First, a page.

But I think the point is that drive makers haven't tried to engineer their drives for longer service lives since, given the business of the time, a five-year-old drive would've been rendered obsolete not just due to wear but due to becoming too small a capacity. If longer-lived drives become demanded, there will be an incentive for the manufacturers to try harder and come up with drives with say 7-year working lives in some shape or form.

          IOW, they didn't have a good reason to build a seven-year drive. Now they do.

          1. Rob Isrob

            Re: Service Life of HD

            > IOW, they didn't have a good reason to build a seven-year drive.

            Well.. this is like the 100 miles per gallon carburetor, it doesn't exist but fun to speculate none-the-less. I'd speculate that if vendor A were to deliver a 7 year warrantied hard drive, they would have captured a large segment of the marketplace (other factors being equal). The reason to go beyond 5 years is there and always has been.

            1. Charles 9 Silver badge

              Re: Service Life of HD

              But note your own words: "other factors being equal". The problem in the past has been the increasing amount of data to be stored has historically made existing drives too small by the time five years came up (there's your "other factor"). I still remember the time around 1990 when 200MB was considered pretty big. By around 2000, it was 20GB, then 200GB, and now we're routinely doing multiple terabytes. Thing is, that pace as noted has started to slow. Now capacity is harder to boost up (which I hate since longer-term bulk storage stinks on the consumer end), much as the GHz wall was hit. So now, much as CPUs have moved to multiple cores, drives need to move in another direction: in this case, longevity. Maybe the longevity won't necessarily some from spinning rust but in improvements in SSD tech; just saying that if the customers want longer-lasting drives, someone will deliver it somehow and the give-and-take of price will then ensue.

              PS. Maybe the 100mpg carburetor doesn't exist, but people started demanding more efficient cars because of scary-high petrol prices, and manufacturers eventually started delivering. Now, gas/electric hybrids are becoming more and more commonplace.

              1. Rob Isrob

                Re: Service Life of HD

                > But note your own words: "other factors being equal".

                The only thing I was trying to do there is "apple to apples", in other words a 7200 RPM 2 TB versus the same. 15K 2.5 900 GB SAS versus same, etc. So some twit didn't try to run off in a direction "of what about this and that" which invariably happens.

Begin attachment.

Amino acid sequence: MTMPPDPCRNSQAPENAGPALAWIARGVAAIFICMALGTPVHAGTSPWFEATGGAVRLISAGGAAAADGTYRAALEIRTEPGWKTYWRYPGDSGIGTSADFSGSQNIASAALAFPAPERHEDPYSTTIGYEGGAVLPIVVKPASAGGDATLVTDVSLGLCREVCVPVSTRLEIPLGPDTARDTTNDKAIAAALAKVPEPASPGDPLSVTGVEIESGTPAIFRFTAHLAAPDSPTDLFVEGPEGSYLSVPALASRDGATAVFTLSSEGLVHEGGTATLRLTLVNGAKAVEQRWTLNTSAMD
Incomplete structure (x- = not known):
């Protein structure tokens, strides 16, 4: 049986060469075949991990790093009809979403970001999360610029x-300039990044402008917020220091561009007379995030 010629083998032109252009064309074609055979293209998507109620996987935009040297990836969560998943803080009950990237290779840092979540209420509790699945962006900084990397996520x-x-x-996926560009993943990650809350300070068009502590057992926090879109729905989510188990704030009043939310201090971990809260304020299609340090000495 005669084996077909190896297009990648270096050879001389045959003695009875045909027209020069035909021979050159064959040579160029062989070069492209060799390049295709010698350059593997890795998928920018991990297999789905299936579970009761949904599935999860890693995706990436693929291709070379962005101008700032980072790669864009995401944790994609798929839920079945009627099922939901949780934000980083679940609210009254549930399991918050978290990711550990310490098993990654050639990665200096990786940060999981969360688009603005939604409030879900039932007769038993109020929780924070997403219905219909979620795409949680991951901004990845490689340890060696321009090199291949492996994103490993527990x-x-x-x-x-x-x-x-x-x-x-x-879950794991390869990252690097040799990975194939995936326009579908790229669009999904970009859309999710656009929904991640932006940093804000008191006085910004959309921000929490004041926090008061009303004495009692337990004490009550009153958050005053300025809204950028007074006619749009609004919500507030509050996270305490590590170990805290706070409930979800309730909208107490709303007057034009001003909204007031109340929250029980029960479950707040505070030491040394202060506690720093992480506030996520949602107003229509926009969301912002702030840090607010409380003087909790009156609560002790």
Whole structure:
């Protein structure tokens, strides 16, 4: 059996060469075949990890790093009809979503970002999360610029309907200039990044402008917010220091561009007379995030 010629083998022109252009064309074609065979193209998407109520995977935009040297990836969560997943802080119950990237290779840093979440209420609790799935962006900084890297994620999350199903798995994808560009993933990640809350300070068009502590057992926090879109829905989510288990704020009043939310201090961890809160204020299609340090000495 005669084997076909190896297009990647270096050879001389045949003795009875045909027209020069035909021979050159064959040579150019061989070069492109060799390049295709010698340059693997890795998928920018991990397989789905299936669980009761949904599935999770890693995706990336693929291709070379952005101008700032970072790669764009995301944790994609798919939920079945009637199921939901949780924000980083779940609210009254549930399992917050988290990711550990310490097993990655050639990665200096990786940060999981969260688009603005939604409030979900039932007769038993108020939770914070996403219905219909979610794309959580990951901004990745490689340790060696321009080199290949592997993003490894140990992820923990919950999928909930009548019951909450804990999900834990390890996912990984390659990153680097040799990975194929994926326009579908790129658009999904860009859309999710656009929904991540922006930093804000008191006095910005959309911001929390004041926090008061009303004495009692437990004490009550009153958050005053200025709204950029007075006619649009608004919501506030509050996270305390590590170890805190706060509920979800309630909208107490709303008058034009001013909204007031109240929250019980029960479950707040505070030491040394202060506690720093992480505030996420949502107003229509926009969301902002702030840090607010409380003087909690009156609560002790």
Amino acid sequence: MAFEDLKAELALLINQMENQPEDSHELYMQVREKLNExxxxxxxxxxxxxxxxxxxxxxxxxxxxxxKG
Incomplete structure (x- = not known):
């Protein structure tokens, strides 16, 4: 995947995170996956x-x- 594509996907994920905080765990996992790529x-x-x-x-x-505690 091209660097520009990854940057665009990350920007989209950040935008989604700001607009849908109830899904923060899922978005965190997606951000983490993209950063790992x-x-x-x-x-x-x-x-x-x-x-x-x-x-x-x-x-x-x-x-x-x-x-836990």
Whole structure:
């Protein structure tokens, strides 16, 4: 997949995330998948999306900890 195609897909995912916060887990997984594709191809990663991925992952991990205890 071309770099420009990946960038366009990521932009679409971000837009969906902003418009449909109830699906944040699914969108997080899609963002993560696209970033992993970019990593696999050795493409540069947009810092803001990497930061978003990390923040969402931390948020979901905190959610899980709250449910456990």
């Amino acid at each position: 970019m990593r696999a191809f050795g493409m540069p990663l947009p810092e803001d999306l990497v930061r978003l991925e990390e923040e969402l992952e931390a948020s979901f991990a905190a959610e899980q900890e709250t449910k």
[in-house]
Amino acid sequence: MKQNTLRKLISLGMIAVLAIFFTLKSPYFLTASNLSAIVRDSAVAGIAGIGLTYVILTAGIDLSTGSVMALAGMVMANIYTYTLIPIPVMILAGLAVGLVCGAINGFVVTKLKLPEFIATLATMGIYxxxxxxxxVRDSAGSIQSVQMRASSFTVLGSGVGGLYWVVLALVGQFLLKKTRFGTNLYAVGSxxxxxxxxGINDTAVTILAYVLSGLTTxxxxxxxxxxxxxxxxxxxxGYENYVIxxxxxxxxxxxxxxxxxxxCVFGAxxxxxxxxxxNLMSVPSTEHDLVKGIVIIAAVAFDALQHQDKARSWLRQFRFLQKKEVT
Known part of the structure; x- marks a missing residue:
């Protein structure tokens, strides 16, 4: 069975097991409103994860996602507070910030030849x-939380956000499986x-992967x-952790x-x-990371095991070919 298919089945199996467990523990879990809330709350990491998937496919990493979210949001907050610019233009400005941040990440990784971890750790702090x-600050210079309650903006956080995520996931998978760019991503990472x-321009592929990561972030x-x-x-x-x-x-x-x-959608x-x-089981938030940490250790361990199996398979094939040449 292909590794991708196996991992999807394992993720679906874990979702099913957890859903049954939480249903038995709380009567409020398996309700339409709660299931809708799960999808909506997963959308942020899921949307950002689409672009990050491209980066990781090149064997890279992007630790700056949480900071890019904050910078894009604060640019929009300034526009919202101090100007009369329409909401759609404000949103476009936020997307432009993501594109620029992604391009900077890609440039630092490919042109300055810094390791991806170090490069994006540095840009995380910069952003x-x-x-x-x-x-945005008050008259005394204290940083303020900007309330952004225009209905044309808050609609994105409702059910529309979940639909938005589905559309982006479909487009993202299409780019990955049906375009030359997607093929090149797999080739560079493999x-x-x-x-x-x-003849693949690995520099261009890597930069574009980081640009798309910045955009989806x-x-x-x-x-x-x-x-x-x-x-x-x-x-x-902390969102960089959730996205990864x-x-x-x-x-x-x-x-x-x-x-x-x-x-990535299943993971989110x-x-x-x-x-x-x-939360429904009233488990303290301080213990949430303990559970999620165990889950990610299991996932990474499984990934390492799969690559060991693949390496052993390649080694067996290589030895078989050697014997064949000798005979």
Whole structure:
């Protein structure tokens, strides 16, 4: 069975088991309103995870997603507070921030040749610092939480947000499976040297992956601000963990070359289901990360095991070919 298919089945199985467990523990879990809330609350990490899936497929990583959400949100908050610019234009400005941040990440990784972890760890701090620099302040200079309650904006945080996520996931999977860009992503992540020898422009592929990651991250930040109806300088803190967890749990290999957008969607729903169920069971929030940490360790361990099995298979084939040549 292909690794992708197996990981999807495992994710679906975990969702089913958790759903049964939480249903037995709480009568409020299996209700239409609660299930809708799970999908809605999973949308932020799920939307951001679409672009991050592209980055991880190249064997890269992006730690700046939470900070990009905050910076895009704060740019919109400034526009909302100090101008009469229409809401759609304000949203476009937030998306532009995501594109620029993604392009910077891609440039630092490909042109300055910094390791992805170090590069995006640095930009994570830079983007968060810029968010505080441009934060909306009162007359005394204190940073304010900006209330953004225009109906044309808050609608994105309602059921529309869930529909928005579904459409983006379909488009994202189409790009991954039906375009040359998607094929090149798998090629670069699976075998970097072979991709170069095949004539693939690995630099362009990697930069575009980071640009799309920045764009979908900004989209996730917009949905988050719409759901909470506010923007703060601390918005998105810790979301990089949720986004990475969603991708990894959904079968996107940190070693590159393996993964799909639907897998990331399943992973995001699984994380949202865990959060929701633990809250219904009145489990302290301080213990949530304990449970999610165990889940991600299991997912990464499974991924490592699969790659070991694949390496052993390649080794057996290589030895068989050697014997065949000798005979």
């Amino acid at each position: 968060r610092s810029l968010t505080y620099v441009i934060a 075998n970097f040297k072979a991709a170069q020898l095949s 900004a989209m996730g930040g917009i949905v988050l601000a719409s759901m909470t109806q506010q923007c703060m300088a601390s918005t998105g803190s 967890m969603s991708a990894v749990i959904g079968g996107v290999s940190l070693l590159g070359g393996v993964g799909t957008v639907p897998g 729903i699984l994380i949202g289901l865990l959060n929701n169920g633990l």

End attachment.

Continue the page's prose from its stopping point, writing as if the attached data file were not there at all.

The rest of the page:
1. Charles 9 Silver badge

                  Re: Service Life of HD

                  Thing is, you still forgot to notice that other factors doesn't necessarily include such specifics as drive speed and bus but also other things such as the sheer amount of data that people and firms want to store. This created an externality that put a ceiling on the service life of a drive independent of mechanical reliability.

                  1. Rob Isrob

                    Re: Service Life of HD

                    As far as I can tell, the ceiling on the service life is mechanical. Everything I read, everything I've been able to google. If you have some hidden knowledge that shows otherwise, please share I'm much interested and would have me re-work my presentation B^).. heh. If there were a 7 year warrantied hard drive, the big players would use it in the 1000+ drive frames and perhaps extend their bundled warranties out further and make their long term costs less, ROI better , etc. There are so many reasons a much longer warrantied drive makes sense, but it isn't here yet - if ever. I believe it is a hard physics/mechanical problem. Again Charles 9, if you can show us otherwise, much appreciated.

                    1. Charles 9 Silver badge

                      Re: Service Life of HD

                      But what happens when all those 1000+ drives fill up because the Big Data just got TOO Big Data? That's what I'm pointing at. Big Data is growing faster than the drives would normally be able to keep pace. Even if you left room to slot in more drives (and the power costs this would entail), it would just keep growing until it reaches Brobdingnagian proportions and you reach the point where swapping out for bigger drives becomes more economical and continuing to grow your data center.

  9. Gary Bickford

    Seagate eliminated its research group

    This is not a failure of the observation / law, but a cessation of any interest in continuing progress and elimination of the core research group.